Traveling abroad with her mother at the turn of the twentieth century to seek a titled husband, beautiful, vivacious Cora Cash, whose family mansion in Newport dwarfs the Vanderbilts’, suddenly finds herself Duchess of Wareham, married to Ivo, the most eligible bachelor in England. Nothing is quite as it seems, however: Ivo is withdrawn and secretive, and the English social scene is full of traps and betrayals. Money, Cora soon learns, cannot buy everything, as she must decide what is truly worth the price in her life and her marriage.
Review: The Gilded Age of America, 1890’s. Learning about the difference in classes of people, upstairs maids are different from downstairs maids. Old money is always better to have and if you New money you had better marry someone titled and from Europe to make you more creditable.
Cora Cash is of New Money and she is American. While traveling her mom decides she needs to marry a European man with a title to make her even richer. Cora was not only very rich she was also beautiful. She used to be carefree, funny, bright and smart. All that seemed to disappear when she had to deal with the aristocratic society of England.
By chance she runs into Duke Ivo Wareham and as her mother wishes for she marries him. It helps his family out as she has money and they are rather short of it at the time. Cora gets the title her mother so wants her to have. I think at this time their marriage is a sham. She just doesn’t see it because by this time she is infatuated with Ivo.
So Cora endures the affairs, deceit and continuous flirtations. All the while putting up with the stodgy English with their dry sense of humor tended to play tricks on her of which she fell for every time. She either didn’t see or else turned a blind eye to the scandal that went on around her.
I felt if it weren’t for her maid Bertha, who happens to love Cora, she would have run back to America a long time ago. Bertha was always giving up her own bit of happiness to help Cora not that she minded all that much. Bertha herself discovers the prejudice of her color and finds out that in Europe she shouldn’t be an upstairs maid as she is only fit for downstairs. You see there is a difference.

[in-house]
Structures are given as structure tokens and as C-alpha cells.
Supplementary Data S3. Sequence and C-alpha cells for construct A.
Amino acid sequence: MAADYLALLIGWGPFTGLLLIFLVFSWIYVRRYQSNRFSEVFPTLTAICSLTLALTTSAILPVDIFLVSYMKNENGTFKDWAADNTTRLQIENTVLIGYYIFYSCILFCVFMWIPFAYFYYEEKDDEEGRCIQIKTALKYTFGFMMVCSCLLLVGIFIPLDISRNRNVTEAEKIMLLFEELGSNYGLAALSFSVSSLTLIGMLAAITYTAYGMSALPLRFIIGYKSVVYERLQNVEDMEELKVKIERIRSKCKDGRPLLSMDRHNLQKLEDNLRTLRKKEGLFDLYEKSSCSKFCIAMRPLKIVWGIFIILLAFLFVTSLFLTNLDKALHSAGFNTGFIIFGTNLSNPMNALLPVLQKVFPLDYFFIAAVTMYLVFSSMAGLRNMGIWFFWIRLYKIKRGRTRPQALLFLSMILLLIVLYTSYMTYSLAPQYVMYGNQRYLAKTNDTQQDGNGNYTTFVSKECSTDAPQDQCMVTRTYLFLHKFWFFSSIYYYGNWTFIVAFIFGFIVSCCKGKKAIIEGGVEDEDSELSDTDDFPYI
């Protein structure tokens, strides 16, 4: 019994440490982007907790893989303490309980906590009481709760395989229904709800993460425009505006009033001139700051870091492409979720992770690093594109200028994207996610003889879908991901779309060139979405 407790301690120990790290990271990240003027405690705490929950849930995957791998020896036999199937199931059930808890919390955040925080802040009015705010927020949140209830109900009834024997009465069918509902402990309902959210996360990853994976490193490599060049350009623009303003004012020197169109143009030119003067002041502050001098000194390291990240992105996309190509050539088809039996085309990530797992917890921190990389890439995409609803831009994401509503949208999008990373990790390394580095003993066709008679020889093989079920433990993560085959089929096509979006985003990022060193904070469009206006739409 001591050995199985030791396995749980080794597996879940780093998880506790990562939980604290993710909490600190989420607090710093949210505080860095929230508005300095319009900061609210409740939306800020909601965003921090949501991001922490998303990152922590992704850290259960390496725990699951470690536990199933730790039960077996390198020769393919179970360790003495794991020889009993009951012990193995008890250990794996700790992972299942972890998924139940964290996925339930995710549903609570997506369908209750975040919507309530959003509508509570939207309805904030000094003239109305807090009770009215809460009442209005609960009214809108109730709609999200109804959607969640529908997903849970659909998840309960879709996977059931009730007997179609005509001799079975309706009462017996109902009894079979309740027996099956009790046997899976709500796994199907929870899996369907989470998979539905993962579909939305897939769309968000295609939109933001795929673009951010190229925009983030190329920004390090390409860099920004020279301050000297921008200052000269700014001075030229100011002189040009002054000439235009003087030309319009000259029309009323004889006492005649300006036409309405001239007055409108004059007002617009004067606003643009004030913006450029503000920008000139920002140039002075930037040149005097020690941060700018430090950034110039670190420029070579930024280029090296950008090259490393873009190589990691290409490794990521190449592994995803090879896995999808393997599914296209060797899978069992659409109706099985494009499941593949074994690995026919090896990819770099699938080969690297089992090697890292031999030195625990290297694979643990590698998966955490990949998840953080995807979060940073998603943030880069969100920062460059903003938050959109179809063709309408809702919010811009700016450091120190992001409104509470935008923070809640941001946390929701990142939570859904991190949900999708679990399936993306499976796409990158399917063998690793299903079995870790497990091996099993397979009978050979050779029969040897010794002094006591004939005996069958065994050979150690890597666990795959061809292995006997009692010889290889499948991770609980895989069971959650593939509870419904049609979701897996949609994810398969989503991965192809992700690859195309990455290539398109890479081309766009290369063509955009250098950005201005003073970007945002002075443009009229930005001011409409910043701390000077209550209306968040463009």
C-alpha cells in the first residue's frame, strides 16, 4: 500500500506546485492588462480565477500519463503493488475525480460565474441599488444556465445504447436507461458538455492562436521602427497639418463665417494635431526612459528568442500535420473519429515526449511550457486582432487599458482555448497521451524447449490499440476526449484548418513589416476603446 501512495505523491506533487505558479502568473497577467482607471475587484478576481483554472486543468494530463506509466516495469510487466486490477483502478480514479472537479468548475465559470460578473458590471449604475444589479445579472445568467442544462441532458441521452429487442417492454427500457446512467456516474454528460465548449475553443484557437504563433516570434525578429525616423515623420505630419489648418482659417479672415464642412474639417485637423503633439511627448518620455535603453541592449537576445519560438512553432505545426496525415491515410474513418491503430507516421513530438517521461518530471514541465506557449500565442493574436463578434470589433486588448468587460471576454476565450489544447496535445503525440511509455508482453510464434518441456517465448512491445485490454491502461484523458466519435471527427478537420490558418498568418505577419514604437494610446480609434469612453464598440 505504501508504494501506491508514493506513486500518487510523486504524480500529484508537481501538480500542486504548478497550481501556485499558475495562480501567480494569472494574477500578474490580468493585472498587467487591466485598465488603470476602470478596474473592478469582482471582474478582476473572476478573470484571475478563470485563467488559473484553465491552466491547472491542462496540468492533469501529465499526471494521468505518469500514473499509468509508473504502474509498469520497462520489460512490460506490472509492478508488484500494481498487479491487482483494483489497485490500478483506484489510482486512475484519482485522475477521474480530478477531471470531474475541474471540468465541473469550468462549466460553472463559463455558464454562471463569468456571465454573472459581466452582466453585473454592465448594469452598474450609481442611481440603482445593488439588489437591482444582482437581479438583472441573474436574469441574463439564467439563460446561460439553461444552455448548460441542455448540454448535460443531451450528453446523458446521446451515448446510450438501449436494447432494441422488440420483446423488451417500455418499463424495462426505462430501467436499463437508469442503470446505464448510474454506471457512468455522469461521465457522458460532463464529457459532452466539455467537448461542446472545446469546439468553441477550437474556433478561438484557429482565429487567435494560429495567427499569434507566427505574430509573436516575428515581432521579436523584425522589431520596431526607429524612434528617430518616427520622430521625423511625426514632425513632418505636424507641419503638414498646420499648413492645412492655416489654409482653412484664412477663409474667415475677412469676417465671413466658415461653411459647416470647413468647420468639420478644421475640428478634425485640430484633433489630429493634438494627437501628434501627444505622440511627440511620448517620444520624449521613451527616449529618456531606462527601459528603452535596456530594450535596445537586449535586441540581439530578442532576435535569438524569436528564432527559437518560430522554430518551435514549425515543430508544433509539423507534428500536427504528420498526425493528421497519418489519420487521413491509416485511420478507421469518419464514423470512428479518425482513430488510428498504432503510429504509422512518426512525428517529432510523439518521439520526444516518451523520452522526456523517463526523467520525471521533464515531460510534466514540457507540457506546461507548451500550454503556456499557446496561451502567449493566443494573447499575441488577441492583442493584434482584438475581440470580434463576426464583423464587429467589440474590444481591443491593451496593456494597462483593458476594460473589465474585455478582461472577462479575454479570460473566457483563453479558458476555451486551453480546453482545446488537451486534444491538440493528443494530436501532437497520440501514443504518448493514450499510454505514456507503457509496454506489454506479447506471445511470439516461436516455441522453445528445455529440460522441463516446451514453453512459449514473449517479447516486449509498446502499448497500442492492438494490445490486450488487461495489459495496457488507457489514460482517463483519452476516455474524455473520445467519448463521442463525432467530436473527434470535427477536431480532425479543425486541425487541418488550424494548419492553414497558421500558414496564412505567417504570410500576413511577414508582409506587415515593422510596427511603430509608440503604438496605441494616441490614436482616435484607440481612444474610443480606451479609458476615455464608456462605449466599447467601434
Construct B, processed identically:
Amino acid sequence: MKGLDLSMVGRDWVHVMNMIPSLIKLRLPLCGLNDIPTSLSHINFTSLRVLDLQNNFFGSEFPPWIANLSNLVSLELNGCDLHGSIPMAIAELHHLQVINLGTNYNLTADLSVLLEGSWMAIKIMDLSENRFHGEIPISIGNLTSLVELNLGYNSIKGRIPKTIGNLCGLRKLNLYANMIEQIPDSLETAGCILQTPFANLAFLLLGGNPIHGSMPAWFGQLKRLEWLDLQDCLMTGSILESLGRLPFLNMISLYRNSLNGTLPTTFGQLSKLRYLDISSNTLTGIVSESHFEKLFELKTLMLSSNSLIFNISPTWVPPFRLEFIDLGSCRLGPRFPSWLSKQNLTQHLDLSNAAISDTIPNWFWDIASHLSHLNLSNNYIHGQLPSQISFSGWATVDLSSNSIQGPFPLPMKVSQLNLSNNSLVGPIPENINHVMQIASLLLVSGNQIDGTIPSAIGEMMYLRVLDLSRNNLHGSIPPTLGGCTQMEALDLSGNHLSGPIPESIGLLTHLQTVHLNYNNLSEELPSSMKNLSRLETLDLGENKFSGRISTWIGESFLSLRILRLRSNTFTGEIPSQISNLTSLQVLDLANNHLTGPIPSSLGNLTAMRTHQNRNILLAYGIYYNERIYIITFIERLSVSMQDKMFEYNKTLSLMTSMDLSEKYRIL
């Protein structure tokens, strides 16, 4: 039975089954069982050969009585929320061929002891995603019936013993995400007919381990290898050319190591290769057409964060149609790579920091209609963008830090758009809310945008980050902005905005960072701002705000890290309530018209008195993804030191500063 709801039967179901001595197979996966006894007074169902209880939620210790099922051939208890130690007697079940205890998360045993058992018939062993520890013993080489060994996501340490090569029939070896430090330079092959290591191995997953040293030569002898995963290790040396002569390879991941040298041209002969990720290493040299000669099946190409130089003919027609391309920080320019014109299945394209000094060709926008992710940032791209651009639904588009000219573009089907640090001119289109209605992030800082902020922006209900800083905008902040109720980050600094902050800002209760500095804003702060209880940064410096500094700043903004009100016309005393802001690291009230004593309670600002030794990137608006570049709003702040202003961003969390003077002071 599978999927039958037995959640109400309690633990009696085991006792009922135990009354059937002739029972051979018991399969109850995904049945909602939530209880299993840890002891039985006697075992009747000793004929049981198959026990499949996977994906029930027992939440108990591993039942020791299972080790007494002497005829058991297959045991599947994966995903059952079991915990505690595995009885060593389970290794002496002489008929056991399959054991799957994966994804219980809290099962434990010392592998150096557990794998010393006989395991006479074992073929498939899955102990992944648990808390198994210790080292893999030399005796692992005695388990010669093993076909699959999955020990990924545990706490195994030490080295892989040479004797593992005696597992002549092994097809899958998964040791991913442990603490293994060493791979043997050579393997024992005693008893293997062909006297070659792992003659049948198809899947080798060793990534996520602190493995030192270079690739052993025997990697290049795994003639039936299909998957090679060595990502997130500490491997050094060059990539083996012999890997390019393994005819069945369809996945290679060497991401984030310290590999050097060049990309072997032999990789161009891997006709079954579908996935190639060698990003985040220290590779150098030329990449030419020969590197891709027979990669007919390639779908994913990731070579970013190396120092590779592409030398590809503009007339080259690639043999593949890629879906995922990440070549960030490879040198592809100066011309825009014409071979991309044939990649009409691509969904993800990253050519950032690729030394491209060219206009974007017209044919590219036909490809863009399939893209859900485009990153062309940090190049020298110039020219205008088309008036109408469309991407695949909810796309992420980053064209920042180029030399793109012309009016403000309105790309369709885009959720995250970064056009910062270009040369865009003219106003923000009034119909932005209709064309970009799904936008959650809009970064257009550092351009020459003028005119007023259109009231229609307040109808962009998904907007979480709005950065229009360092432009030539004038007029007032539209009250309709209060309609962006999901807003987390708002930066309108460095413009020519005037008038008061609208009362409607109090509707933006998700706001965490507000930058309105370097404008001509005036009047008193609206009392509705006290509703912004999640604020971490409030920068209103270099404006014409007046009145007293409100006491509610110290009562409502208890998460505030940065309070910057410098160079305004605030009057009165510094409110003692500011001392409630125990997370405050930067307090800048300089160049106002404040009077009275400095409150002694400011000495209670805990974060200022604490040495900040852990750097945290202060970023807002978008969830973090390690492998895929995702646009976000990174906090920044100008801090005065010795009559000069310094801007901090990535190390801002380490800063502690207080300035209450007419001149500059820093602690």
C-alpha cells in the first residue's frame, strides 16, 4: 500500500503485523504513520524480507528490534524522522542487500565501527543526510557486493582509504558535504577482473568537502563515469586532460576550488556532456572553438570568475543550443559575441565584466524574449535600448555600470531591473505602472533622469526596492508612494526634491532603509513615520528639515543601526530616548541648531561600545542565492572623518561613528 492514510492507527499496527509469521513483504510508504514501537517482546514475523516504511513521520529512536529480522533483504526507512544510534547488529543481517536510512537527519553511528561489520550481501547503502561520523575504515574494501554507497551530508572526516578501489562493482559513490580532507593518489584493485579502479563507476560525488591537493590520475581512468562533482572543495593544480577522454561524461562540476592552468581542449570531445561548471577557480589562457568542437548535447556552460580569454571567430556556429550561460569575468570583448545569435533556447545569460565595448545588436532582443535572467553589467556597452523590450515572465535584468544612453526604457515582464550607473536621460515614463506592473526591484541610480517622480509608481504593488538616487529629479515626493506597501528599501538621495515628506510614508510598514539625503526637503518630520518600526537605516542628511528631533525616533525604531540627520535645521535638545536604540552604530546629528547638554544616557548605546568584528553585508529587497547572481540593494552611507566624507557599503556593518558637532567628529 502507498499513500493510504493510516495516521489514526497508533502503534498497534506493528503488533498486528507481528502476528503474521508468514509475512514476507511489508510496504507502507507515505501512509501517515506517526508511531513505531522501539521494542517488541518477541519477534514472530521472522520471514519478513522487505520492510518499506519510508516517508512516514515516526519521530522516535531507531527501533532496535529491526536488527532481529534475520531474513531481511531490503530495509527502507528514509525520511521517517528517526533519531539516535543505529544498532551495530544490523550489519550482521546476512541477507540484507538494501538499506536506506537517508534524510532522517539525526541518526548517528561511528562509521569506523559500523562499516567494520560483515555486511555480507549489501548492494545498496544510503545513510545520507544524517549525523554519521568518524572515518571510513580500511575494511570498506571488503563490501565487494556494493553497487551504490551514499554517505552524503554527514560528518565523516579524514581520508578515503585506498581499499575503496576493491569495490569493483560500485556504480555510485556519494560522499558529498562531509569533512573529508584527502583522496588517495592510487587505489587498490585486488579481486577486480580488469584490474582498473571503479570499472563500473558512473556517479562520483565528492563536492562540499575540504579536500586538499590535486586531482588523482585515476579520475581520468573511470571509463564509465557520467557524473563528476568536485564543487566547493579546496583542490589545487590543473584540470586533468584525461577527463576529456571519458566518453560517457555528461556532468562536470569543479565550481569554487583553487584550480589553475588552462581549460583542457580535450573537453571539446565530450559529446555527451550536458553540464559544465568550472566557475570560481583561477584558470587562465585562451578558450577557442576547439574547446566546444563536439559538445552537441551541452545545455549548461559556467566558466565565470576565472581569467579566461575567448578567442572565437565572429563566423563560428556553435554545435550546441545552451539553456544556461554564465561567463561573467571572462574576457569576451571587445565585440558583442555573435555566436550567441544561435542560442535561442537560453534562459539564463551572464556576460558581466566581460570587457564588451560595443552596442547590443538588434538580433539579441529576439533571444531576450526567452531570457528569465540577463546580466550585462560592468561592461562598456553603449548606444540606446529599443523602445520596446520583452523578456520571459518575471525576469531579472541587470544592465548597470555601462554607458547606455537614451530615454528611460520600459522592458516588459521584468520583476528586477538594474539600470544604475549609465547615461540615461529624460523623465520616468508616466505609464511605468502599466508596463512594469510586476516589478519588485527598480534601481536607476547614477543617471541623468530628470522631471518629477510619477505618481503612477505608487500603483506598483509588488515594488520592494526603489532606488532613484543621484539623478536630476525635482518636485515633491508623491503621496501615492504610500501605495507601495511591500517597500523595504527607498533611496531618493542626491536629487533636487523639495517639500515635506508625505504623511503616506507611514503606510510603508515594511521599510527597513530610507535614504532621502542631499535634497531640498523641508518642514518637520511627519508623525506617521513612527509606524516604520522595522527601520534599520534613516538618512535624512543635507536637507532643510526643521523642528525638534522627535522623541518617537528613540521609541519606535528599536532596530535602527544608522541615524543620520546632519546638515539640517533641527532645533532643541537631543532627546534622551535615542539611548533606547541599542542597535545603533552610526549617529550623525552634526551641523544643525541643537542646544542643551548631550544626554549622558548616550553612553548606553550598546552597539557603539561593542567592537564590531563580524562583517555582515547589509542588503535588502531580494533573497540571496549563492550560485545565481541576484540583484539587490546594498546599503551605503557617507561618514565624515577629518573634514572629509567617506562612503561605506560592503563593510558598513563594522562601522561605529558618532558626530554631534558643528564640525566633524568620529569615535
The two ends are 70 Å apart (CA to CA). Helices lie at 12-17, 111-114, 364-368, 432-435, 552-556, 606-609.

This story at times reminded me of others written about this same period where the age of innocence is lost as the world is opened up to lies and deceit, where if married to the wealthy you put a fake smile on your face and act as if everything is perfect in your life. Ms. Goodwin pays close attention to detail and makes the period come alive, capturing the essence of the Gilded Age with all the grit and glamour of that time. She found the typicalness (I think I just came up with a new word) of human nature bringing out what you deal with when you are dealing with things of the heart.
I found myself somewhat disappointed when I thought that Cora might finally stand up for herself and show that she has backbone only to back down and not deal with any type of conflict. I would love to have seen her show more strength as she was portrayed as rather weak making her more like the European woman than that of a strong American.
A somewhat good telling of coming of age type of story. A spoiled rich girl to some extent must deal with the differences between her beloved America, along with her new home and life in Europe.
This for me was alright, I wasn’t overly impressed. I guess I wanted more from Cora. The slowness of the story dragged and I would have liked it to be a little faster paced.
Robin has decided to share her review copy of The American Heiress with one lucky commenter. Due to shipping costs, the contest is open to US residents only. To enter, let us know what about this book interests you. The contest ends on Sunday, June 3.